On 1 March 1814 Benjamin Henry Latrobe wrote from Pittsburgh to Robert Fulton:

There is a company chiefly of Quakers who are building a Steam boat on French's plan at the eastern shore 30 miles above this place.

Sometime in May 1814, the Enterprise was launched at Bridgeport.[7][8]

In August 1815, the manager of the cotton factory, named the "Bridgeport Manufacturing Company", announced that it was ready to begin operations.[9] Using Daniel French's steam engines the company would process raw cotton and wool into yarn.

Elisha Hunt was one of the principals behind the Bridgeport Manufacturing Company. He planned to process raw cotton and wool into finished goods in Bridgeport and then ship them to southern ports aboard the company's steamboats. Then the steamboats would transport raw cotton to Bridgeport to be processed into finished goods. This synergistic relationship between the manufacturing company and the steamboat company would increase the chances that both of them would be successful.


By summer of 1815, the company appeared to be firmly established.[10]


The Enterprise met its demise sometime during summer 1816.[4] When at Shippingport, Kentucky, below the falls of the Ohio River, the Enterprise was anchored by its captain in deep water because the water above the falls was low.[4][11] The captain went by land to Pittsburgh and hired two men to tend the ship.[4] However, one of the men went ashore and the other got drunk and neglected the pumps, and the seams of the boat opened in hot weather.[4] The Enterprise filled and sank to the bottom of the river, where it remained.[4]


In the waning days of the MOSBC, Caleb Hunt exchanged his share of stock for a fine English watch.[12] This watch, with its original recorded history, has been passed down through several generations of Caleb Hunt's descendants.


See also


  1. ^ American Telegraph (Brownsville, Pa.), 5 July 1815: "Last Saturday evening the Steam was first tried on the Despatch, another steam boat, lately built in Bridgeport, and owned as well as the Enterprize, by the Monongahela and Ohio Steam Boat Company. We are happy to learn that she is likely to answer the most sanguine expectations of the ingenious Mr. French, the engineer, on whose plan she is constructed."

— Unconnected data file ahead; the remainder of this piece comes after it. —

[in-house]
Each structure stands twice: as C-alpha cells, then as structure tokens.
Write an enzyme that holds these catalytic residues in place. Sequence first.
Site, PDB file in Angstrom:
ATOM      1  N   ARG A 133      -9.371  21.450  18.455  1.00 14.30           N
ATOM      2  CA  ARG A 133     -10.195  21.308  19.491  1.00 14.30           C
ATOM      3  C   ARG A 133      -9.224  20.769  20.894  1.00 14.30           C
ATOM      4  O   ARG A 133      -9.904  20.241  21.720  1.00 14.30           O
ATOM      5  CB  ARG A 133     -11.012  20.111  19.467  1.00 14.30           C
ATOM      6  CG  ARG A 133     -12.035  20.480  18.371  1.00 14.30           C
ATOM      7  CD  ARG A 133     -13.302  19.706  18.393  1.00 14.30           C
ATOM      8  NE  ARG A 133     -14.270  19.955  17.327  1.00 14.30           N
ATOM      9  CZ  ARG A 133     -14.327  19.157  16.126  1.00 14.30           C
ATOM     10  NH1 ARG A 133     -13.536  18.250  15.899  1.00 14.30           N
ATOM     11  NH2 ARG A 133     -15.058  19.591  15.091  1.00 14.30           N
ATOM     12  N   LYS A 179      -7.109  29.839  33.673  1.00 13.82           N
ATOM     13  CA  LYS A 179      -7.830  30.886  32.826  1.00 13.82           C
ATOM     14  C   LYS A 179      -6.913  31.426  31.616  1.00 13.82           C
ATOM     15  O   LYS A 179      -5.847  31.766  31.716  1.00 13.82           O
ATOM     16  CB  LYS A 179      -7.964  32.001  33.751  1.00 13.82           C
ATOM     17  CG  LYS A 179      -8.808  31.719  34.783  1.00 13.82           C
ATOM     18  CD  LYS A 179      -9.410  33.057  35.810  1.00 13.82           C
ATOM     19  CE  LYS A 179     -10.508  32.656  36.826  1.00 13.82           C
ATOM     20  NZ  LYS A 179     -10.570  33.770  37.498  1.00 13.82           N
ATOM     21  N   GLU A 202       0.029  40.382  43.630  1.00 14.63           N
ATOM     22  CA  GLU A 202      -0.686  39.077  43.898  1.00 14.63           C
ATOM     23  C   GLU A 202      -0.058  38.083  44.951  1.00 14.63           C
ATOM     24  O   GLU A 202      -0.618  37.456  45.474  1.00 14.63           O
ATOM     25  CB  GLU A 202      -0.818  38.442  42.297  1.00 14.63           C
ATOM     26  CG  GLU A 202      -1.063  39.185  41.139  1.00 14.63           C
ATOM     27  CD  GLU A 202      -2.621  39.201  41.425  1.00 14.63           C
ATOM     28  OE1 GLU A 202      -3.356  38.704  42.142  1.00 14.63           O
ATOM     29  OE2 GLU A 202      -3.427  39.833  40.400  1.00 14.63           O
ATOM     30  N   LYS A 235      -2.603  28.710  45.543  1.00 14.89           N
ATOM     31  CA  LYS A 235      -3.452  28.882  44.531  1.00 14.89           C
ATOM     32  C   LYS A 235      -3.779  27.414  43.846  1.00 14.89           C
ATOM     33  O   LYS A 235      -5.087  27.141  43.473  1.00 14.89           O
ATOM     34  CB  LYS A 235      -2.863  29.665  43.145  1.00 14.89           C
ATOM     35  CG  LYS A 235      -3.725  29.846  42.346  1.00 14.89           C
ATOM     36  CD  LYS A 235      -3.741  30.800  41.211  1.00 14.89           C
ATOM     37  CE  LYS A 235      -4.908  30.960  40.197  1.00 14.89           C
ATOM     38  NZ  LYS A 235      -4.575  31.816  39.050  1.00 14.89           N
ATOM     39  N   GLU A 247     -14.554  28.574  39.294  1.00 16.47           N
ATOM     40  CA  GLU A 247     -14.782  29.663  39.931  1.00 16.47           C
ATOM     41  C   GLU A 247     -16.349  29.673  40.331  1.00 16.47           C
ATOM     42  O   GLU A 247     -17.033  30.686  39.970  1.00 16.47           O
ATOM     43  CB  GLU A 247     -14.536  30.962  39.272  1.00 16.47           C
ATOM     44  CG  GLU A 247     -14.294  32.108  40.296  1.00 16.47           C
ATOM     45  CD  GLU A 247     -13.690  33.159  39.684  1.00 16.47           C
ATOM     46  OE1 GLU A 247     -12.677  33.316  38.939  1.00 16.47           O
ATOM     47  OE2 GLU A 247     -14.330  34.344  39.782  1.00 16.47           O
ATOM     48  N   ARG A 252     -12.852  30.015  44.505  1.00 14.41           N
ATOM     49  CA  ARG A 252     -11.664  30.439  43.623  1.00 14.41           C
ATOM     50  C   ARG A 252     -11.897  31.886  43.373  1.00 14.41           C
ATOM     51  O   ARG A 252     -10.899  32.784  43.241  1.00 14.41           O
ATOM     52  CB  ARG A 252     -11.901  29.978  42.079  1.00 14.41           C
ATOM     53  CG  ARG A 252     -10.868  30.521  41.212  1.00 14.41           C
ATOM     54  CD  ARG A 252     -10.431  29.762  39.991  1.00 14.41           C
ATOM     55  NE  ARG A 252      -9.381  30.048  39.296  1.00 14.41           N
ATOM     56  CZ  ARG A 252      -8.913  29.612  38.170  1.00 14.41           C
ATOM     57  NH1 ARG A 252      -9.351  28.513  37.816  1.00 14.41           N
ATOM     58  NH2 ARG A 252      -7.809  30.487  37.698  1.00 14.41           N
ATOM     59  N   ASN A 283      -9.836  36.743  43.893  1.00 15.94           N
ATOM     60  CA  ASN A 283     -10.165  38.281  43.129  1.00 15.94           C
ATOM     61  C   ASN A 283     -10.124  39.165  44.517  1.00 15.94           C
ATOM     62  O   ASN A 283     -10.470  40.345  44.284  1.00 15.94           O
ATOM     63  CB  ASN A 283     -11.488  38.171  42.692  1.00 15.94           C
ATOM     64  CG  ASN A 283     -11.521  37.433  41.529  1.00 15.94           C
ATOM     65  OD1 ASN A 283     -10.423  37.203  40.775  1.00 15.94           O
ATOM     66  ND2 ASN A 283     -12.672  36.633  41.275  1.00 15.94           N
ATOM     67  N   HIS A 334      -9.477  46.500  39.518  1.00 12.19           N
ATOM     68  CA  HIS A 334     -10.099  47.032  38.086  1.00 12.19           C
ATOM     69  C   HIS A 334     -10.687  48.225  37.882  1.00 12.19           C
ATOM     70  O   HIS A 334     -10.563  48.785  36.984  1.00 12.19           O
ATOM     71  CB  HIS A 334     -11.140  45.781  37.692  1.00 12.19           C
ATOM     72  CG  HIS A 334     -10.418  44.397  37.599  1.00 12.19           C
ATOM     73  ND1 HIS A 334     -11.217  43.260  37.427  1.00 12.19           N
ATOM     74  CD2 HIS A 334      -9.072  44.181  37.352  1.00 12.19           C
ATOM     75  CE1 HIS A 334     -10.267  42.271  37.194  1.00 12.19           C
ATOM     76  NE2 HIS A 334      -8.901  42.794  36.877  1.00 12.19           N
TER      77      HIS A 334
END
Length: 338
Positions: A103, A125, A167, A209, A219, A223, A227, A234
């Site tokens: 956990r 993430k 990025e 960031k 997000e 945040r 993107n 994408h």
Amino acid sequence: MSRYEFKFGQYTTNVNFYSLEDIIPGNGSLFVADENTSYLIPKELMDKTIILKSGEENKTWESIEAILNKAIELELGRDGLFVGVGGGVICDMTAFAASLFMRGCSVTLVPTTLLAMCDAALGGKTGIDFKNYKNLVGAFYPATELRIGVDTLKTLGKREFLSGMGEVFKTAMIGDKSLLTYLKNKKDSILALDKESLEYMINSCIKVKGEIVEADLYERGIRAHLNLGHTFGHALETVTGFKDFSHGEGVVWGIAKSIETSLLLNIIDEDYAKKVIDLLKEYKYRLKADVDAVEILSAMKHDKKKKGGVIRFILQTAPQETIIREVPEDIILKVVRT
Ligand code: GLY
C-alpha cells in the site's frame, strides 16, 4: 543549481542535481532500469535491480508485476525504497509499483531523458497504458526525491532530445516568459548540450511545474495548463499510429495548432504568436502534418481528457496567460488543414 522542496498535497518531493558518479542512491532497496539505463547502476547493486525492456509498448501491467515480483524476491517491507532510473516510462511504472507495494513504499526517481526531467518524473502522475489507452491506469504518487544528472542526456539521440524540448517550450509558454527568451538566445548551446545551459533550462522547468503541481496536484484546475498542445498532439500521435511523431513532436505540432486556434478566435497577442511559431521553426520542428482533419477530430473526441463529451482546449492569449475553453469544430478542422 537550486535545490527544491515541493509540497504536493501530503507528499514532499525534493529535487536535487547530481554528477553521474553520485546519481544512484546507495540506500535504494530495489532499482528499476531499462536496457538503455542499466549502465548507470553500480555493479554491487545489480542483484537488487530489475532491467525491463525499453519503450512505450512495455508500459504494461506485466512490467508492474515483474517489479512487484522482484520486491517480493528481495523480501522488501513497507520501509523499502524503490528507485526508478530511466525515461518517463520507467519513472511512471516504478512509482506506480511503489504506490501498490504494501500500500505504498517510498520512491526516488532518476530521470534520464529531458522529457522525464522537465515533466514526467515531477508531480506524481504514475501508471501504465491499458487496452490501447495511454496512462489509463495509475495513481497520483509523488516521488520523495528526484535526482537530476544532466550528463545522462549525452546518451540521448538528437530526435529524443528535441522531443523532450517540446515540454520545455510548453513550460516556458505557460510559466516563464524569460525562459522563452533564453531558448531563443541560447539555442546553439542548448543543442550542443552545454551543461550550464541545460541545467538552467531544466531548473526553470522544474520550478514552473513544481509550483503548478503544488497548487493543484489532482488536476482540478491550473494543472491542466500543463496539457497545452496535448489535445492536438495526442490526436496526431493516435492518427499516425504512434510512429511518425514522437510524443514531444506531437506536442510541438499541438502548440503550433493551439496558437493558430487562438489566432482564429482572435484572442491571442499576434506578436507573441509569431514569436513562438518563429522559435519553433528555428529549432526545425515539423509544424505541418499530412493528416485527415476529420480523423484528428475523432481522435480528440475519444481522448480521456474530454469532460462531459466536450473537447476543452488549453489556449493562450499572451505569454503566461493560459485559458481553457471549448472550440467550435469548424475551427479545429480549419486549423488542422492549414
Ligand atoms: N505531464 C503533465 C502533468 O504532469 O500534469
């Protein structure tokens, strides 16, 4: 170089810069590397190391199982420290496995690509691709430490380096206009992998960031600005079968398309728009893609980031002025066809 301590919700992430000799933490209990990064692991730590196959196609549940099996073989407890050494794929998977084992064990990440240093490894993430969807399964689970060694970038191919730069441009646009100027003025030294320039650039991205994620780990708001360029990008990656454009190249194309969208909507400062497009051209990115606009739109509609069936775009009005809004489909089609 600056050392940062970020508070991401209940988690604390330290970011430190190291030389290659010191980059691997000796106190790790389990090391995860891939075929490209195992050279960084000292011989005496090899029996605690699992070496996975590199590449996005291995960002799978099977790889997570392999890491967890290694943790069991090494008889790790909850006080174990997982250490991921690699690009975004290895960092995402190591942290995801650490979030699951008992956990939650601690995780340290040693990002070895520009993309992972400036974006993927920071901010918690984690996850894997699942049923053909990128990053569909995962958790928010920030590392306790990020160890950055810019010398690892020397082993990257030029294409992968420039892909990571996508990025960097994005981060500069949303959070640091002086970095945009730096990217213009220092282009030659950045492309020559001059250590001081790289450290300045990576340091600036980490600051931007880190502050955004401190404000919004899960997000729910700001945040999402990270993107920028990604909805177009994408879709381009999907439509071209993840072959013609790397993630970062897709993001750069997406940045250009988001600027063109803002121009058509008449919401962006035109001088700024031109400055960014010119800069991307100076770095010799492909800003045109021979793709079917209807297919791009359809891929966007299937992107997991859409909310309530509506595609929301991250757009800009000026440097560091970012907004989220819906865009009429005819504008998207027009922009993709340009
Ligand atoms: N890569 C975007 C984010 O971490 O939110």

2. ^ Hunter, p. 6-21, 310; Hunter presents a concise historical account of the contributions made by the steamboats owned by the MOSBC during the early days of steamboat commerce in the west.
  3. ^ Stecker presents a scholarly analysis of the measures taken by Fulton and Livingston et al. to discourage other steamboat companies.
  4. ^ a b c d e f g h i j k l m n o p q r s t u v w Shourds.
  5. ^ The draft business agreement between Hunt and Daniel French reads, "Daniel French gives Hunt one-fourth of all advantages and profits during the patent arising from French's one-half of the whole property in his new invented steam improvements. Hunt gives French five hundred dollars in advance. Said Hunt is to go from places to places to look out places for establishing French's machinery in its various applications in mills, boats and other machinery, as also to sell, let, lease and assist in setting up works for the benefit of the said French at Hunt expense, and those services shall continue during the patent term as the best interest of the company mutually considered may direct, the said Hunt shall not hold back any reasonable services requested by the said French on forfeiture of said one-fourth as granted by said French to said Hunt, as those services are the principle consideration to said French for Hunt's one-fourth of said profits." French, Daniel, Draft of a business agreement with Elisha Hunt, Indiana Historical Society: Daniel French Papers, ca. 1796 - 1816, digital file 6091.